Lactic acid bacteria, (LAB) the work-horses of lacto-fermented foods, have very complex nutritional needs, including the need for minerals.
“…investigations have shown that potassium is required for growth of Streptococcus faecalis, and Lactobacillus casei, while magnesium and manganese are essential for growth of Lactobacillus plantarum and is Lactobacillus casein, and various other lactic acid bacteria.” Orla-Jensen, S., K. Danske Vidensk. Selak., Biol. Skrifter, 2, No. 3, 1943
Minerals increase the strength and power of the LAB. And one of the best, most traditional, time-honored sources of minerals has always been salt – ocean brine or rock salt.
|by Kathleen in Tips | Permalink|
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Gundruk is an important source of minerals during the off-season (Karki, 1986). Mustard, radish and cauliflower leaves, wilt for one or two days, and then shredded with a knife or sickle, tightly packed in an earthenware pot and warm water, and the pot kept in a warm place. Unlike sauerkraut, no salt is added to the water. After five to seven days, a mild acidic taste (lactic-acid from the lactic-acid bacteria) indicates the end of fermentation. The gundruk is removed and sun-dried. It is served as a side dish with the main meal and is also used as an appetiser.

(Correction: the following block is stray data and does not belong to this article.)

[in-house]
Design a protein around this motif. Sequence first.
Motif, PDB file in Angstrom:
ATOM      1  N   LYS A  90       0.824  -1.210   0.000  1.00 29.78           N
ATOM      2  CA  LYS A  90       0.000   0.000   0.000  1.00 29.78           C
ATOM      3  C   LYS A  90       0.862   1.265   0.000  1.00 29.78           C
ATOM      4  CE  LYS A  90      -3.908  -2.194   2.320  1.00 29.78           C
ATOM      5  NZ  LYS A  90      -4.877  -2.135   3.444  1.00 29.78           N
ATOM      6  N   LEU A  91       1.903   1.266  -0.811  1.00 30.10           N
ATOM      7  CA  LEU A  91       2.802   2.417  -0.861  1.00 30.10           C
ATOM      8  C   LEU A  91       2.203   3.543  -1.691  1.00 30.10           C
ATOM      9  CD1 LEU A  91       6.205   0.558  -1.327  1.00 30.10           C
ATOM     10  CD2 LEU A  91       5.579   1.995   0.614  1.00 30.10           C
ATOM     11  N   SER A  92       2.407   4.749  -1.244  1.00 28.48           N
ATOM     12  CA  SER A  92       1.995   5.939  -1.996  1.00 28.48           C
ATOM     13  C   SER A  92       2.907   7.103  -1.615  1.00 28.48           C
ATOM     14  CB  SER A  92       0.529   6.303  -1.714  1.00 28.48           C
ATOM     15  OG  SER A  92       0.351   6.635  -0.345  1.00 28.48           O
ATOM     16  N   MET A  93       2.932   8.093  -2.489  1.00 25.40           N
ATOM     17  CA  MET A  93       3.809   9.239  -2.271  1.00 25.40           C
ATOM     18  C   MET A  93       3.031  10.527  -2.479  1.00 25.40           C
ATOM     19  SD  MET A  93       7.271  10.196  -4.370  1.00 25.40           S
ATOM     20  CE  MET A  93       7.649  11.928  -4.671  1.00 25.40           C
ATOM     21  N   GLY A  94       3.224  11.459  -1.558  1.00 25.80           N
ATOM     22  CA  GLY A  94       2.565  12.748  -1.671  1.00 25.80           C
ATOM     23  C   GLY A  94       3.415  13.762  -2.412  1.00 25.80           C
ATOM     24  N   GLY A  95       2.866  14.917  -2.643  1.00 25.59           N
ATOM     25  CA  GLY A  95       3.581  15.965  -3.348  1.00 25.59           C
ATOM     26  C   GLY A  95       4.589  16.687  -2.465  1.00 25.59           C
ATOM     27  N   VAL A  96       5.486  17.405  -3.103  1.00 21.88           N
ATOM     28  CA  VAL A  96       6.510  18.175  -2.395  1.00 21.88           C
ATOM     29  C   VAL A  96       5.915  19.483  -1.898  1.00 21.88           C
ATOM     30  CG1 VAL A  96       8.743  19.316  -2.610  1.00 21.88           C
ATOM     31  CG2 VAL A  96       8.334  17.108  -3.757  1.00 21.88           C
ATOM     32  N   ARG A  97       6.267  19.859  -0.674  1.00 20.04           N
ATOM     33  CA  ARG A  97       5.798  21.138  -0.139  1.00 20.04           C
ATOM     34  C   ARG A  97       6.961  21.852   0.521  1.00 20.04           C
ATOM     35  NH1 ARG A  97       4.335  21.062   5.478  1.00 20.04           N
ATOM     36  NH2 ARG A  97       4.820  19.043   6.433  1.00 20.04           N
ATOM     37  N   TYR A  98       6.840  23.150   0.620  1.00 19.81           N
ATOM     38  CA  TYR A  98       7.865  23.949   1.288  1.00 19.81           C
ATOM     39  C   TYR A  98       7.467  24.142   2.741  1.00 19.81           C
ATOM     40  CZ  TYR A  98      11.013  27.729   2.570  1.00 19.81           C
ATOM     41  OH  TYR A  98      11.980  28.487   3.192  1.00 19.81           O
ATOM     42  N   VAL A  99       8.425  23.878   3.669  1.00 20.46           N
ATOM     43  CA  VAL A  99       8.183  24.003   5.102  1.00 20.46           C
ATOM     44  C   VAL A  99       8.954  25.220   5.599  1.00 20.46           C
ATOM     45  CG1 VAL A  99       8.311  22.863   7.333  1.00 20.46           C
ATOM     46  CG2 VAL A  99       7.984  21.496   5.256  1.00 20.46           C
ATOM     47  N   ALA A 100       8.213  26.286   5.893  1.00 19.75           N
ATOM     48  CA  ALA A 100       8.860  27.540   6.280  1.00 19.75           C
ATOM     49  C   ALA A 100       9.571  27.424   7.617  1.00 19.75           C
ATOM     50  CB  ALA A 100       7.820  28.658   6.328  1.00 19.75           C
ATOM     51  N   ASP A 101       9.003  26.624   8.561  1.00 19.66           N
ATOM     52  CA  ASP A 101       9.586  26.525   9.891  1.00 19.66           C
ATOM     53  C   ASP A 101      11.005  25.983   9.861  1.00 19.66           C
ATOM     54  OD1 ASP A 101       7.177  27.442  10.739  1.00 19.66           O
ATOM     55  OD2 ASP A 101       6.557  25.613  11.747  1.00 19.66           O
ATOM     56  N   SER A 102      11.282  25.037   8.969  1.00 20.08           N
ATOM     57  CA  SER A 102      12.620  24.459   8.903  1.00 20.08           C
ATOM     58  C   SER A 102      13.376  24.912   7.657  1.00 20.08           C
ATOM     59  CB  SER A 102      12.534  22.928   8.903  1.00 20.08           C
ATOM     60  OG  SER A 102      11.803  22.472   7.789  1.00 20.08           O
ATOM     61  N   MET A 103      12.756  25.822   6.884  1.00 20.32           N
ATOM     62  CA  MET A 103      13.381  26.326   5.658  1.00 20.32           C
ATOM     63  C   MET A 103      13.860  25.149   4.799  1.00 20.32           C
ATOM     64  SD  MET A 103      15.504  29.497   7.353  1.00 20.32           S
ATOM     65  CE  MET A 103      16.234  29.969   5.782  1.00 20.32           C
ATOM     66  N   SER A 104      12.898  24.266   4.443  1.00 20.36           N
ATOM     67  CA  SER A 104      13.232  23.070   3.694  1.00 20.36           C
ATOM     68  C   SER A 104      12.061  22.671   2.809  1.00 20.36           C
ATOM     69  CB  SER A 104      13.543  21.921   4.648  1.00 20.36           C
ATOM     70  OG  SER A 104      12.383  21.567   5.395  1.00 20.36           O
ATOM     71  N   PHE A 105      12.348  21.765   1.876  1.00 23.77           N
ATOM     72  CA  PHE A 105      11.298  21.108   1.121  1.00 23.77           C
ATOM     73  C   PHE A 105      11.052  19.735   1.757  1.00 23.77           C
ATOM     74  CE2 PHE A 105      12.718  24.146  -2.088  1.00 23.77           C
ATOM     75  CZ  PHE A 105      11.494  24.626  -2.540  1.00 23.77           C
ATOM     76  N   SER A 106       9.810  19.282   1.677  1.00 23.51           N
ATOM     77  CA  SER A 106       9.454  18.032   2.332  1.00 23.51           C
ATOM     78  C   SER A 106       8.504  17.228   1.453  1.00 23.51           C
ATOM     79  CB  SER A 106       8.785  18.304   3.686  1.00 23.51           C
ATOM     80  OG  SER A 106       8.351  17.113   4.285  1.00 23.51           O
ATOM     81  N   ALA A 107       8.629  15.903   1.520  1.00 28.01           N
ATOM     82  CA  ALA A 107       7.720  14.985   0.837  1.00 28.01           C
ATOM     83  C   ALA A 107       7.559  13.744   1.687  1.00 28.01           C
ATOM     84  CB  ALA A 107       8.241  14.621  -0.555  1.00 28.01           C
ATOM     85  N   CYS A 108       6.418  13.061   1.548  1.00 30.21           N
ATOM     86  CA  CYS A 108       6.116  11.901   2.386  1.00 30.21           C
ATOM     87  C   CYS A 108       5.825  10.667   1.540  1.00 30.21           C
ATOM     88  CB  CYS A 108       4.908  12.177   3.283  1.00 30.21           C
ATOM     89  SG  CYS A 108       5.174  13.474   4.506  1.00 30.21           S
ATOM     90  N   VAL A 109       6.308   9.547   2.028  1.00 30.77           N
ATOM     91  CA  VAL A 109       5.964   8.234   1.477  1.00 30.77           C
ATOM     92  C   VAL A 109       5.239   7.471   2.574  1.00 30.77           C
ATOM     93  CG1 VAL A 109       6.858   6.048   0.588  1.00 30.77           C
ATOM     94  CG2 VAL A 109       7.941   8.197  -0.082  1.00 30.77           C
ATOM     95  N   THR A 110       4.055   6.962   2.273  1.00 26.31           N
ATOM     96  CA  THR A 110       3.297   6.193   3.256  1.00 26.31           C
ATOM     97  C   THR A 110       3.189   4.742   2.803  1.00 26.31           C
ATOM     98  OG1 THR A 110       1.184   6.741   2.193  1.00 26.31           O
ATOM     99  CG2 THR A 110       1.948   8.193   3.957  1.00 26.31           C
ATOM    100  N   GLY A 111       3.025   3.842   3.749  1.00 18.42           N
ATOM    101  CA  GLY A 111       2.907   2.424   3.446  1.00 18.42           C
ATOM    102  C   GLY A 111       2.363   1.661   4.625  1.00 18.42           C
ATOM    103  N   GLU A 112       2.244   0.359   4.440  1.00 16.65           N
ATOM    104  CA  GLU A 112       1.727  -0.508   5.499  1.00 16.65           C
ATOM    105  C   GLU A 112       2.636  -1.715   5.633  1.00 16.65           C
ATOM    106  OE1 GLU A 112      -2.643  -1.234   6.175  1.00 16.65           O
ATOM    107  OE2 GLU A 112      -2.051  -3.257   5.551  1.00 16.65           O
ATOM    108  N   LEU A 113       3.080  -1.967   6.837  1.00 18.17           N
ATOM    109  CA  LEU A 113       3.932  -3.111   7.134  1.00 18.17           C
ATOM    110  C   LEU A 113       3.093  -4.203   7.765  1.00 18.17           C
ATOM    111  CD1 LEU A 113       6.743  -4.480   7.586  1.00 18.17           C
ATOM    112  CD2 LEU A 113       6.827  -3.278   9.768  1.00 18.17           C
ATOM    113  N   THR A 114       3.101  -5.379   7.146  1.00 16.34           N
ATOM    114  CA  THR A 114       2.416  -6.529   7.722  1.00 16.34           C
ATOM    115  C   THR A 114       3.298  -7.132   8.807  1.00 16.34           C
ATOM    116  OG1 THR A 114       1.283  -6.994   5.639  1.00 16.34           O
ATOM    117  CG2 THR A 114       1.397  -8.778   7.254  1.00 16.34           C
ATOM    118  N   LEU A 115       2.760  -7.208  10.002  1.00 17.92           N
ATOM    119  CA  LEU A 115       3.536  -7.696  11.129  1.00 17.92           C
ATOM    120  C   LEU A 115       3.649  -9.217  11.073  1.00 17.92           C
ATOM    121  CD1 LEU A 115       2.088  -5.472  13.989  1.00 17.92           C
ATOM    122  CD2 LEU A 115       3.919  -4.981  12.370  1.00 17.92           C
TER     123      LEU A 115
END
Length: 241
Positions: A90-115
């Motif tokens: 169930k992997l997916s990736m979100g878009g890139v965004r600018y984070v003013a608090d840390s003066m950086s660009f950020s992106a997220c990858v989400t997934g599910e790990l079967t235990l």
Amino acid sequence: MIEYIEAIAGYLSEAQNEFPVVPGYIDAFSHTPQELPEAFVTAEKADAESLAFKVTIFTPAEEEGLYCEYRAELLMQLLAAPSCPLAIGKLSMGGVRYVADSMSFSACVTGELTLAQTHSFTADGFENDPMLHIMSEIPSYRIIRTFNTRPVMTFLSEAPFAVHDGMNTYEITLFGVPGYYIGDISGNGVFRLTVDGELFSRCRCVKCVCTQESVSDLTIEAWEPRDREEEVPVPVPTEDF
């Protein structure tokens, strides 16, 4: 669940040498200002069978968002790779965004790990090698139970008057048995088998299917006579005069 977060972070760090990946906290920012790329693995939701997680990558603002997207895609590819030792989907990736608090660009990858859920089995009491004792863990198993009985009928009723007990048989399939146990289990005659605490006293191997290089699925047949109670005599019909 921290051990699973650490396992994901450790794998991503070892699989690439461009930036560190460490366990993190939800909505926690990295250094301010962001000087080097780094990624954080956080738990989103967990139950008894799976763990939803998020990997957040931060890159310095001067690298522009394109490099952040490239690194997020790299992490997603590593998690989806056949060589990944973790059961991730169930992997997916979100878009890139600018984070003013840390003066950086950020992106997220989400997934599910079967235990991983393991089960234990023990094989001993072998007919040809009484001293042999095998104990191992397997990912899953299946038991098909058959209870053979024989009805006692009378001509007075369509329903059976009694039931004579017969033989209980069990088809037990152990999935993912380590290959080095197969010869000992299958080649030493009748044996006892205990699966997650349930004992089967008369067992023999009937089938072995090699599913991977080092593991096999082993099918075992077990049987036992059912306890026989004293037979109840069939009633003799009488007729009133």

I regret to inform you that I am completely out of Pickl-It pickled cucumbers.
A liter and a half would normally last two days, but I rationed them, making them last longer. And now they are gone...
Your book MUST feature the absolute miracle that Pickl-It pickles are. I
attribute them to exceptional positive changes not gotten from
any other fermentation system.
Must go. Checking myself in to a sanitorium for pickle-withdrawal.
—Patrick J, Indiana